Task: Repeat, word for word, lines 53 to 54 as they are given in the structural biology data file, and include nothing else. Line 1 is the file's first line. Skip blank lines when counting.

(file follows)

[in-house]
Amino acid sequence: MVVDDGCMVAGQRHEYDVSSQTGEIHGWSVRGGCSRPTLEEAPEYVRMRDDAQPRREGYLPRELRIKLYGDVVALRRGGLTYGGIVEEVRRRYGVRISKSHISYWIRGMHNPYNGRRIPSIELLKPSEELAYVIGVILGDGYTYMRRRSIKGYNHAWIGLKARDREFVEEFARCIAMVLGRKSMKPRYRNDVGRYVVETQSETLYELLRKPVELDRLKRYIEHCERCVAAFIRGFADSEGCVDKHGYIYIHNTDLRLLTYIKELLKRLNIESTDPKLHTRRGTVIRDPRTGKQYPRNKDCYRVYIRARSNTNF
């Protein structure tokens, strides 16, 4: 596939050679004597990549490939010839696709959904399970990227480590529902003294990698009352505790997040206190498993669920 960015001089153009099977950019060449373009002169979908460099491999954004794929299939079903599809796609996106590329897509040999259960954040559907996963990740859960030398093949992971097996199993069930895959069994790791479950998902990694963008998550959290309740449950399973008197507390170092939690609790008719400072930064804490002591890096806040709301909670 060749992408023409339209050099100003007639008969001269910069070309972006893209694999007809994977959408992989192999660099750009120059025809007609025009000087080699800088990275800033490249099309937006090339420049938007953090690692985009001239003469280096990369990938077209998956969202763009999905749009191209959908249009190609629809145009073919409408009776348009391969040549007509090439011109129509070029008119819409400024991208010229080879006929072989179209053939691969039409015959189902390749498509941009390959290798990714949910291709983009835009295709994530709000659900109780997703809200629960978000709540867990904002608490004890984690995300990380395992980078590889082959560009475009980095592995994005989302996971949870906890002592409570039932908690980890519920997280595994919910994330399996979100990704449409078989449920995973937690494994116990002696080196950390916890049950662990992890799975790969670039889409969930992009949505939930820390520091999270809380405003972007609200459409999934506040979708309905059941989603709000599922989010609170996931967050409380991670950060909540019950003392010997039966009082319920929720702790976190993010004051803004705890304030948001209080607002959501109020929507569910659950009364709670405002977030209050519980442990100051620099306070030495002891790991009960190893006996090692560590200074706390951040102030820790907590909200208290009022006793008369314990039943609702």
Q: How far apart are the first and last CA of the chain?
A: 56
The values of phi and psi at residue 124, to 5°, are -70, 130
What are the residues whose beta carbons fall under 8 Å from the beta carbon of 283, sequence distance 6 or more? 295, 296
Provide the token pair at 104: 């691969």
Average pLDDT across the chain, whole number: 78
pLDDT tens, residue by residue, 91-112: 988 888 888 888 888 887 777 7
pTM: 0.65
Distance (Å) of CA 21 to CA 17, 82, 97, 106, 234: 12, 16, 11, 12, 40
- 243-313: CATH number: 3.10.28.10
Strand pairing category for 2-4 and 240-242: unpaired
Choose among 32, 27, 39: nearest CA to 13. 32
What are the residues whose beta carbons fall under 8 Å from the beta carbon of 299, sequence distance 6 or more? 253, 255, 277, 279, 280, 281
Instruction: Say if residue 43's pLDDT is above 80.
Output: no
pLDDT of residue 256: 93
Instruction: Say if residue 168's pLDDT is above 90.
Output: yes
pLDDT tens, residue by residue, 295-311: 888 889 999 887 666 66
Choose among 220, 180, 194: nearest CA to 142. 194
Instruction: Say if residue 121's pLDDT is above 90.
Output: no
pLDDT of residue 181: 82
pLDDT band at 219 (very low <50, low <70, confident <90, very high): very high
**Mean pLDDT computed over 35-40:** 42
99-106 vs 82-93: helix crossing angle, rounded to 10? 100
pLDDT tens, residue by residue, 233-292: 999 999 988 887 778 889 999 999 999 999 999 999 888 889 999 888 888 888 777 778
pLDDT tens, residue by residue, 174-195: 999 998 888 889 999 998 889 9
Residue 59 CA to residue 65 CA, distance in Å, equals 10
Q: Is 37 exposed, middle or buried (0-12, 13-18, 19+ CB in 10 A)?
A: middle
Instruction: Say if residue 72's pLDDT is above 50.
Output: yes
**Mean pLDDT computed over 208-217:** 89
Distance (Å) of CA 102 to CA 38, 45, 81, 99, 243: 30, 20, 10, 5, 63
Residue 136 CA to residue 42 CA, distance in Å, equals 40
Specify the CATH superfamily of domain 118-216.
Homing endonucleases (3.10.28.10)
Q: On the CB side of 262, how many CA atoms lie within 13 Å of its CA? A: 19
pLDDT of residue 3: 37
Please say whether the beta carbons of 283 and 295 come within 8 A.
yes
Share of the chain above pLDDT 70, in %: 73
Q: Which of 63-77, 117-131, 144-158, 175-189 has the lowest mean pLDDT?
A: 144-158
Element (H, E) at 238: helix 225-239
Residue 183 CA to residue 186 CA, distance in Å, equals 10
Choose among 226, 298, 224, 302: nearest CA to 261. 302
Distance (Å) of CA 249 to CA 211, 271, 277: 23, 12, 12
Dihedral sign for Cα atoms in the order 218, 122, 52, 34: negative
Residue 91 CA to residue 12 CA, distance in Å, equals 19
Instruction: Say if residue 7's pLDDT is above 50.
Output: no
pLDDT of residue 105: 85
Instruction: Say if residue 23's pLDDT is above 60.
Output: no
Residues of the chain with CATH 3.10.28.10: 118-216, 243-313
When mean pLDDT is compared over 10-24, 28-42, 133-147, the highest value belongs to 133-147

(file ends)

Dihedral sign for Cα atoms in the order 218, 122, 52, 34: negative
Residue 91 CA to residue 12 CA, distance in Å, equals 19